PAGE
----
General Motors disputes UNIFOR's Super Bowl ad
The Canadian subsidiary of General Motors has tried to stop an autoworkers' union from airing a critical TV commercial during the Super Bowl, but the union said it planned to move forward with the ad regardless.
The 30-second ad, paid for Unifor, calls the automaker greedy and "un-Canadian." It was scheduled to broadcast on Canadian TV stations during Sunday's game.
GM sent a cease-and-desist letter to Unifor on Friday giving it a Saturday deadline to stop using the ad, but Unifor president Jerry Dias said Sunday that the union had no plans to back off.
"I didn't pick this fight, GM picked this fight. I'm going to do everything humanly possible to get their attention," Dias said in an interview.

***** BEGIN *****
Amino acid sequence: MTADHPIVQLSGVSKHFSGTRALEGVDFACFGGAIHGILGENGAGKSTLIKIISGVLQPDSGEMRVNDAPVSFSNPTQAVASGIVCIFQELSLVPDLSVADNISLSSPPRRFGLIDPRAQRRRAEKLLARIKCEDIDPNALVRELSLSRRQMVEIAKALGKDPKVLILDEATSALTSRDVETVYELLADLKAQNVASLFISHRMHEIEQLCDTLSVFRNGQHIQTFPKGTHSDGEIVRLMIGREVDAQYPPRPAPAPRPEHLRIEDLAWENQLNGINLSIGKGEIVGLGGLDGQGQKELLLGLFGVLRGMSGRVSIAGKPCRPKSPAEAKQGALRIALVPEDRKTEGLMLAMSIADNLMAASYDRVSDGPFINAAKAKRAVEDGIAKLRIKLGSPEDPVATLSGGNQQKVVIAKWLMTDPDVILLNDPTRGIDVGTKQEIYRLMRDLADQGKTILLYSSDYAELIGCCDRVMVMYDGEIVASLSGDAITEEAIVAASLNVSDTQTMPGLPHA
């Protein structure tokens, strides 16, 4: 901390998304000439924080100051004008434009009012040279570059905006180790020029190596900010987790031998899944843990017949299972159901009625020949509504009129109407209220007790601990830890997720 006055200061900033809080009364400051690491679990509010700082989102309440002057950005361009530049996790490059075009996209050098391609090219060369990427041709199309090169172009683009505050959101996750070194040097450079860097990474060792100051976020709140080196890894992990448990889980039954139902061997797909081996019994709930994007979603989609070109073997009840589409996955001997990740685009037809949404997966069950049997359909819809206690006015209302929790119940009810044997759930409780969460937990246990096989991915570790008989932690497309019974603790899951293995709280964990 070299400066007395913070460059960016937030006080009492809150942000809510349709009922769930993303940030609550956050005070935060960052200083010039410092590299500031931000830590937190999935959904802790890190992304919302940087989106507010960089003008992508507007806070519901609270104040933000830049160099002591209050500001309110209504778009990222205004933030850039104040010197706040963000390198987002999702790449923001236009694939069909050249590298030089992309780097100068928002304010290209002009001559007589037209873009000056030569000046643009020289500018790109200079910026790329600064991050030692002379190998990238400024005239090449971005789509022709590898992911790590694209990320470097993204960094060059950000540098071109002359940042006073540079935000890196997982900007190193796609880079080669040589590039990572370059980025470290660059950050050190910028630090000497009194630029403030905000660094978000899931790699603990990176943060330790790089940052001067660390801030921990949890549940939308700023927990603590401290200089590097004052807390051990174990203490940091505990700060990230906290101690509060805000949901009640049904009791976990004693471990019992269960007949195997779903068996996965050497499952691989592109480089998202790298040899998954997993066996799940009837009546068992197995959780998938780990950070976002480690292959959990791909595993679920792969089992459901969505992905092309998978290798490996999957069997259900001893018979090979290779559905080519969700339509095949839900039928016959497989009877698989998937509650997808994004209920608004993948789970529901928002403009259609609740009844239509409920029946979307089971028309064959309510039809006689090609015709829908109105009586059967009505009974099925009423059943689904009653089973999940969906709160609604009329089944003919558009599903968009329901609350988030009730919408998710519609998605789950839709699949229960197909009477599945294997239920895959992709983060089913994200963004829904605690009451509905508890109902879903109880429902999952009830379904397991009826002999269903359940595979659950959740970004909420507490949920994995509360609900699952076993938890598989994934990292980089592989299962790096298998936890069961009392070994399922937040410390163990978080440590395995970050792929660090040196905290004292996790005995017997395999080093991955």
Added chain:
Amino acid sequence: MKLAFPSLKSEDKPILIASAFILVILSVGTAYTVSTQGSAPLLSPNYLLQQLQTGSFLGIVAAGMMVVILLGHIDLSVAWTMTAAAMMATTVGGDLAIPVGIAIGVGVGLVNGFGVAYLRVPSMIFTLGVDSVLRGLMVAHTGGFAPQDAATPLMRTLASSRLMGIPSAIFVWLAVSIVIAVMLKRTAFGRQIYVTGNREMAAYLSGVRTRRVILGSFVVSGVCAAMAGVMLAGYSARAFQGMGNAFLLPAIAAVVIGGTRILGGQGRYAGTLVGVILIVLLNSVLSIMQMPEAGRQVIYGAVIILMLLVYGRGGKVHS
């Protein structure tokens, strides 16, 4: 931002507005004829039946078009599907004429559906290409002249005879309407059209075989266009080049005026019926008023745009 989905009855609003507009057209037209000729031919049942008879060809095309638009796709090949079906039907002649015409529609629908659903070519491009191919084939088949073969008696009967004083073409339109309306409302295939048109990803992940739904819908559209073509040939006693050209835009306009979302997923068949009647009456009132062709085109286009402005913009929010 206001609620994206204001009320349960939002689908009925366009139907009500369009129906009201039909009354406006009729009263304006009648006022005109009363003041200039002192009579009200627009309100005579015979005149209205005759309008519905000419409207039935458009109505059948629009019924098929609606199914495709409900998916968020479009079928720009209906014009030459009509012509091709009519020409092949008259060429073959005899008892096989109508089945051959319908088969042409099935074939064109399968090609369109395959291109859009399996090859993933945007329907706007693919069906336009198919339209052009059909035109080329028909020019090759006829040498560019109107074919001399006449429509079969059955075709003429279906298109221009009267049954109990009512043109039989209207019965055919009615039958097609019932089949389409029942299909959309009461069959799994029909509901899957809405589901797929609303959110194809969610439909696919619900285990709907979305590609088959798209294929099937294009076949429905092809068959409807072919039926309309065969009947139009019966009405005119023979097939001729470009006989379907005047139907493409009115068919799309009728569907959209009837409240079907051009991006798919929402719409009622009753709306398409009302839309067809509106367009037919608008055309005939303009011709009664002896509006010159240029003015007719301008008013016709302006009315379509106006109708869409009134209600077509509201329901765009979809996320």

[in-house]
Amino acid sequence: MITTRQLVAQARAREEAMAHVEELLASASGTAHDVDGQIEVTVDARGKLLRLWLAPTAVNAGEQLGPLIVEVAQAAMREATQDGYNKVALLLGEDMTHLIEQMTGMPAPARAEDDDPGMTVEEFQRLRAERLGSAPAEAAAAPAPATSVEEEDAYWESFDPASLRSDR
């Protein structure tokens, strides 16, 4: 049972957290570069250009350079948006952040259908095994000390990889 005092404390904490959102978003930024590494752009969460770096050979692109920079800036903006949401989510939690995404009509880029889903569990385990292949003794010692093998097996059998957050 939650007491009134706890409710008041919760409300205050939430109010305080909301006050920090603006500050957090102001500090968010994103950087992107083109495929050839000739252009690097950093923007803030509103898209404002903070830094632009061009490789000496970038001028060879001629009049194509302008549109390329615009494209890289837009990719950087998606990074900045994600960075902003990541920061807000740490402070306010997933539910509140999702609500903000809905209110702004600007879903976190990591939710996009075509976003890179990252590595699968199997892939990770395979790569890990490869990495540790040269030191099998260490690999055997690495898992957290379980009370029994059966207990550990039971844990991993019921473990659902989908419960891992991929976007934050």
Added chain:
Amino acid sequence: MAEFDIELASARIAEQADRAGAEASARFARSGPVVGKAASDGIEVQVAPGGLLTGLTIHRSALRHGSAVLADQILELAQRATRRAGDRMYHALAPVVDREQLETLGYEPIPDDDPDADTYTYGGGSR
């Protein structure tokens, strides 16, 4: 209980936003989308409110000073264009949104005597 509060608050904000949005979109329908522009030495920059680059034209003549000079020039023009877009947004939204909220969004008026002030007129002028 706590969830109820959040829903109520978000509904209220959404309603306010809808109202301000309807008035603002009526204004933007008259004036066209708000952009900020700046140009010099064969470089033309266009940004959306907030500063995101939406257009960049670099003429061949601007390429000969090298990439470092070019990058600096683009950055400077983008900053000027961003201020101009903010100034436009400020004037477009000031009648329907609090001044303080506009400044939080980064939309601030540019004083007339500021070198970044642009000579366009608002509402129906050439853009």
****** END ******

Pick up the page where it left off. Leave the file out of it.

GM announced plans in November to close its car factory in Oshawa, Ont., costing the jobs of about 2,600 blue-collar workers.
The commercial accuses GM of continuing to expand in Mexico while leaving Canadians "out in the cold," and also references the federal government's 2009 bailout of GM and Chrysler.
A statement from GM on Sunday said the company respects the union's right to protest, but accused the Super Bowl ad of "misleading the Canadian public."
Dias said the union hopes to continue bringing attention to the closure by buying more airtime for its ad on other programs, such as the Golden Globes and Maple Leaf games.
"They can bring all the lawyers they want. They're not going to win this in a courtroom," said Dias. "We are not going to fold and they can sue all they want."
Last month, Unifor called for a boycott of GM vehicles made in Mexico as part of its campaign to save the Oshawa assembly plant, but the company has remained firm in its plans to close the facility.
-- with files from The Associated Press